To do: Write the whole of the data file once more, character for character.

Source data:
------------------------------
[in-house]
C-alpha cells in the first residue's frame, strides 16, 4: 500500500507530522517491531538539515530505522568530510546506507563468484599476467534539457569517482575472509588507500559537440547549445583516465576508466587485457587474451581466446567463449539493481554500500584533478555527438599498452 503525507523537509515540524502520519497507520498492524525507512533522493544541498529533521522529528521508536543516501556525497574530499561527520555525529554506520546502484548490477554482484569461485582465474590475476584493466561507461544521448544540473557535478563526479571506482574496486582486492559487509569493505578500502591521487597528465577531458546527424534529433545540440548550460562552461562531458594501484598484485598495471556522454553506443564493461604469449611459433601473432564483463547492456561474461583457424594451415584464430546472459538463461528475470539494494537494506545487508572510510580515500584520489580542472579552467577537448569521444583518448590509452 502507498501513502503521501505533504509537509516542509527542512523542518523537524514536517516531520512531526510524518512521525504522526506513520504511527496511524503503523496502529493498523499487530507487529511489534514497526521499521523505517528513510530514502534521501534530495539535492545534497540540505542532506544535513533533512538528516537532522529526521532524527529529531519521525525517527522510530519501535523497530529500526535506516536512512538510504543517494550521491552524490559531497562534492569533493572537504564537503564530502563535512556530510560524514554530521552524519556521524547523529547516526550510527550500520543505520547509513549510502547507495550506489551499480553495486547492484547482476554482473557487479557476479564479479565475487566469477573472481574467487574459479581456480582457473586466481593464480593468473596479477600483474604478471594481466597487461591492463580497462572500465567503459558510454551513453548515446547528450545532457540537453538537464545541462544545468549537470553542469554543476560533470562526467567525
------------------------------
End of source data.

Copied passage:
[in-house]
C-alpha cells in the first residue's frame, strides 16, 4: 500500500507530522517491531538539515530505522568530510546506507563468484599476467534539457569517482575472509588507500559537440547549445583516465576508466587485457587474451581466446567463449539493481554500500584533478555527438599498452 503525507523537509515540524502520519497507520498492524525507512533522493544541498529533521522529528521508536543516501556525497574530499561527520555525529554506520546502484548490477554482484569461485582465474590475476584493466561507461544521448544540473557535478563526479571506482574496486582486492559487509569493505578500502591521487597528465577531458546527424534529433545540440548550460562552461562531458594501484598484485598495471556522454553506443564493461604469449611459433601473432564483463547492456561474461583457424594451415584464430546472459538463461528475470539494494537494506545487508572510510580515500584520489580542472579552467577537448569521444583518448590509452 502507498501513502503521501505533504509537509516542509527542512523542518523537524514536517516531520512531526510524518512521525504522526506513520504511527496511524503503523496502529493498523499487530507487529511489534514497526521499521523505517528513510530514502534521501534530495539535492545534497540540505542532506544535513533533512538528516537532522529526521532524527529529531519521525525517527522510530519501535523497530529500526535506516536512512538510504543517494550521491552524490559531497562534492569533493572537504564537503564530502563535512556530510560524514554530521552524519556521524547523529547516526550510527550500520543505520547509513549510502547507495550506489551499480553495486547492484547482476554482473557487479557476479564479479565475487566469477573472481574467487574459479581456480582457473586466481593464480593468473596479477600483474604478471594481466597487461591492463580497462572500465567503459558510454551513453548515446547528450545532457540537453538537464545541462544545468549537470553542469554543476560533470562526467567525